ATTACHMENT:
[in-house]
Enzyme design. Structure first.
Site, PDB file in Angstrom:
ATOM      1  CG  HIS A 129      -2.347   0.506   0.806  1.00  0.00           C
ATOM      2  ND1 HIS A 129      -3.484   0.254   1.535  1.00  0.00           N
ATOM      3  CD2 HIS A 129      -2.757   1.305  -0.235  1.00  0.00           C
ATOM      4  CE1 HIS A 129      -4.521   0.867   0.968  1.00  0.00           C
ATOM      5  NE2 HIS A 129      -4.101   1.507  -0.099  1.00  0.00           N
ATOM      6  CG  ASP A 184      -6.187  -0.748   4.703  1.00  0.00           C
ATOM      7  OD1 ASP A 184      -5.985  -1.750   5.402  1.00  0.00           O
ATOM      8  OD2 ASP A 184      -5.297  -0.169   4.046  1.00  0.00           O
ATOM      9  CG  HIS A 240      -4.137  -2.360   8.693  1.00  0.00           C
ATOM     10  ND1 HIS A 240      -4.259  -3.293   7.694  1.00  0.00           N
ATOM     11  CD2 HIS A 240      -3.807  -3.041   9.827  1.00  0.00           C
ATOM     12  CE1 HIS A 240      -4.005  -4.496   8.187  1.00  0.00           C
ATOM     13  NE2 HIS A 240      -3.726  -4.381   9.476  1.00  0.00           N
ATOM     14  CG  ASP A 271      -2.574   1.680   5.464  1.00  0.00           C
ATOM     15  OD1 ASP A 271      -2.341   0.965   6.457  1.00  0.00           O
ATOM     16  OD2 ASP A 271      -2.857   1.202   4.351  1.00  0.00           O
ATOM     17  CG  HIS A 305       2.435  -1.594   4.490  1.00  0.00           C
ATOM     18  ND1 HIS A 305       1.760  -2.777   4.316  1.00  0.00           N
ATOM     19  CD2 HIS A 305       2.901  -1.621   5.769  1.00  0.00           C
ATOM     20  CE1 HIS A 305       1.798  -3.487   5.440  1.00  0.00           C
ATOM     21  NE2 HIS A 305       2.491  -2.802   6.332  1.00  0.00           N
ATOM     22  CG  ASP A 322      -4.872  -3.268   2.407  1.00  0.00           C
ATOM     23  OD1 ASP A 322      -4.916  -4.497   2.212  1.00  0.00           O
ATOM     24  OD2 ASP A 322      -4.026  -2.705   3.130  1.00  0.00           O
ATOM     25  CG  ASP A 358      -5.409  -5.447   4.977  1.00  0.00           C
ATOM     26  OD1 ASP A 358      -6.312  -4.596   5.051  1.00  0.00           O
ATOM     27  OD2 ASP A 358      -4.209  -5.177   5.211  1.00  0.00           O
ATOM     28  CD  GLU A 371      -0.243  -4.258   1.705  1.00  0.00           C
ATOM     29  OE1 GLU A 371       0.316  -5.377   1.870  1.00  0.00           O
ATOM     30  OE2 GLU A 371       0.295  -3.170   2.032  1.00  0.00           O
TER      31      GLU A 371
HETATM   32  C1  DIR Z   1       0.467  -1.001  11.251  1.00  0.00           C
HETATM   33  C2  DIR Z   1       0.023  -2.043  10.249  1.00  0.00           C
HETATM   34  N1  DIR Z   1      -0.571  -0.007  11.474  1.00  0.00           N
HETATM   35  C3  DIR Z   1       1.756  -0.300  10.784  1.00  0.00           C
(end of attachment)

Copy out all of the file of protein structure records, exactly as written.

[in-house]
Enzyme design. Structure first.
Site, PDB file in Angstrom:
ATOM      1  CG  HIS A 129      -2.347   0.506   0.806  1.00  0.00           C
ATOM      2  ND1 HIS A 129      -3.484   0.254   1.535  1.00  0.00           N
ATOM      3  CD2 HIS A 129      -2.757   1.305  -0.235  1.00  0.00           C
ATOM      4  CE1 HIS A 129      -4.521   0.867   0.968  1.00  0.00           C
ATOM      5  NE2 HIS A 129      -4.101   1.507  -0.099  1.00  0.00           N
ATOM      6  CG  ASP A 184      -6.187  -0.748   4.703  1.00  0.00           C
ATOM      7  OD1 ASP A 184      -5.985  -1.750   5.402  1.00  0.00           O
ATOM      8  OD2 ASP A 184      -5.297  -0.169   4.046  1.00  0.00           O
ATOM      9  CG  HIS A 240      -4.137  -2.360   8.693  1.00  0.00           C
ATOM     10  ND1 HIS A 240      -4.259  -3.293   7.694  1.00  0.00           N
ATOM     11  CD2 HIS A 240      -3.807  -3.041   9.827  1.00  0.00           C
ATOM     12  CE1 HIS A 240      -4.005  -4.496   8.187  1.00  0.00           C
ATOM     13  NE2 HIS A 240      -3.726  -4.381   9.476  1.00  0.00           N
ATOM     14  CG  ASP A 271      -2.574   1.680   5.464  1.00  0.00           C
ATOM     15  OD1 ASP A 271      -2.341   0.965   6.457  1.00  0.00           O
ATOM     16  OD2 ASP A 271      -2.857   1.202   4.351  1.00  0.00           O
ATOM     17  CG  HIS A 305       2.435  -1.594   4.490  1.00  0.00           C
ATOM     18  ND1 HIS A 305       1.760  -2.777   4.316  1.00  0.00           N
ATOM     19  CD2 HIS A 305       2.901  -1.621   5.769  1.00  0.00           C
ATOM     20  CE1 HIS A 305       1.798  -3.487   5.440  1.00  0.00           C
ATOM     21  NE2 HIS A 305       2.491  -2.802   6.332  1.00  0.00           N
ATOM     22  CG  ASP A 322      -4.872  -3.268   2.407  1.00  0.00           C
ATOM     23  OD1 ASP A 322      -4.916  -4.497   2.212  1.00  0.00           O
ATOM     24  OD2 ASP A 322      -4.026  -2.705   3.130  1.00  0.00           O
ATOM     25  CG  ASP A 358      -5.409  -5.447   4.977  1.00  0.00           C
ATOM     26  OD1 ASP A 358      -6.312  -4.596   5.051  1.00  0.00           O
ATOM     27  OD2 ASP A 358      -4.209  -5.177   5.211  1.00  0.00           O
ATOM     28  CD  GLU A 371      -0.243  -4.258   1.705  1.00  0.00           C
ATOM     29  OE1 GLU A 371       0.316  -5.377   1.870  1.00  0.00           O
ATOM     30  OE2 GLU A 371       0.295  -3.170   2.032  1.00  0.00           O
TER      31      GLU A 371
HETATM   32  C1  DIR Z   1       0.467  -1.001  11.251  1.00  0.00           C
HETATM   33  C2  DIR Z   1       0.023  -2.043  10.249  1.00  0.00           C
HETATM   34  N1  DIR Z   1      -0.571  -0.007  11.474  1.00  0.00           N
HETATM   35  C3  DIR Z   1       1.756  -0.300  10.784  1.00  0.00           C